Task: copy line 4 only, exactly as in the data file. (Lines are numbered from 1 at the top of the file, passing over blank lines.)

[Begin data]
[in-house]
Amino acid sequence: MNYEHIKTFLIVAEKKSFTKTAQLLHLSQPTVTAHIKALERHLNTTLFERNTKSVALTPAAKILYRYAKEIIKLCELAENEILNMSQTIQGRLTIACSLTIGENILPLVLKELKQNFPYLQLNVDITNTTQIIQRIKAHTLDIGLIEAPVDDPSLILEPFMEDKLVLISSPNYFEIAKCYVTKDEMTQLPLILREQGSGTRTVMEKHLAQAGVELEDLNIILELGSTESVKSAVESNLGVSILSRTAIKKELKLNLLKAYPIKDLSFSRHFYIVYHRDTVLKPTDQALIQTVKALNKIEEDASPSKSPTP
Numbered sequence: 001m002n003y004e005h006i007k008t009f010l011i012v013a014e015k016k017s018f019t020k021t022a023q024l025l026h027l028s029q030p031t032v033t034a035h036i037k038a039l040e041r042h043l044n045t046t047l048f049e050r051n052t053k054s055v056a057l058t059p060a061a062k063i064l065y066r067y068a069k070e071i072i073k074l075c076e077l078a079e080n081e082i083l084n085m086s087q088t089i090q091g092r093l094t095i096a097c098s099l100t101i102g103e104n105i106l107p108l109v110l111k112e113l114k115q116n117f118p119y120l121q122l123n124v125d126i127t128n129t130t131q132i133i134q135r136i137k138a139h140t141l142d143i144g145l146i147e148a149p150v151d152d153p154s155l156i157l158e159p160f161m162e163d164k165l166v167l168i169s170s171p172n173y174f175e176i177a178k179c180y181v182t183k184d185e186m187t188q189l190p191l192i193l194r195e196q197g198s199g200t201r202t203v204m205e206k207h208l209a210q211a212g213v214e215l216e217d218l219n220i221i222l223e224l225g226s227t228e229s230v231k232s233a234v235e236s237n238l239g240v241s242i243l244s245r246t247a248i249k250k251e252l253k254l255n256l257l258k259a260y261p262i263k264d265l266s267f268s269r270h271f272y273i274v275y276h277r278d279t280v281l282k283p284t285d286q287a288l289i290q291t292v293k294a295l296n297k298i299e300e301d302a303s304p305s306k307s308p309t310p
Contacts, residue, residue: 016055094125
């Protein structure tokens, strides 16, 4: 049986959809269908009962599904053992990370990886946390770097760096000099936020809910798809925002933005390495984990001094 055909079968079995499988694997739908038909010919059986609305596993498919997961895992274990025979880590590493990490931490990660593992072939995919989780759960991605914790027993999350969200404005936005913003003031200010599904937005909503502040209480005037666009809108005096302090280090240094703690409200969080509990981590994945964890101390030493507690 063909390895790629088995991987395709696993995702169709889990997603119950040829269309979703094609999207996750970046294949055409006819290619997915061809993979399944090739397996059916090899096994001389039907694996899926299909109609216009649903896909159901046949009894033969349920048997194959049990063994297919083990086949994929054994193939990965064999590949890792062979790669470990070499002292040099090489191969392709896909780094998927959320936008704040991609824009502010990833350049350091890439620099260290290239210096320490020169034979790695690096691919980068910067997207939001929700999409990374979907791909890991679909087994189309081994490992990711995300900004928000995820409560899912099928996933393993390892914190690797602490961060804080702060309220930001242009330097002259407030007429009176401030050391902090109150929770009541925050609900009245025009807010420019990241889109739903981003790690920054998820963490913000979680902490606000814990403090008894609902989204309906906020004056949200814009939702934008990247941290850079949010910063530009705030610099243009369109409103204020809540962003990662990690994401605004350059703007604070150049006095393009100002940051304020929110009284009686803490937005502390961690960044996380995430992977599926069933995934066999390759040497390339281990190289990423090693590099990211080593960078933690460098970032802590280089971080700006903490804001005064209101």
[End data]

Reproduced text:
Contacts, residue, residue: 016055094125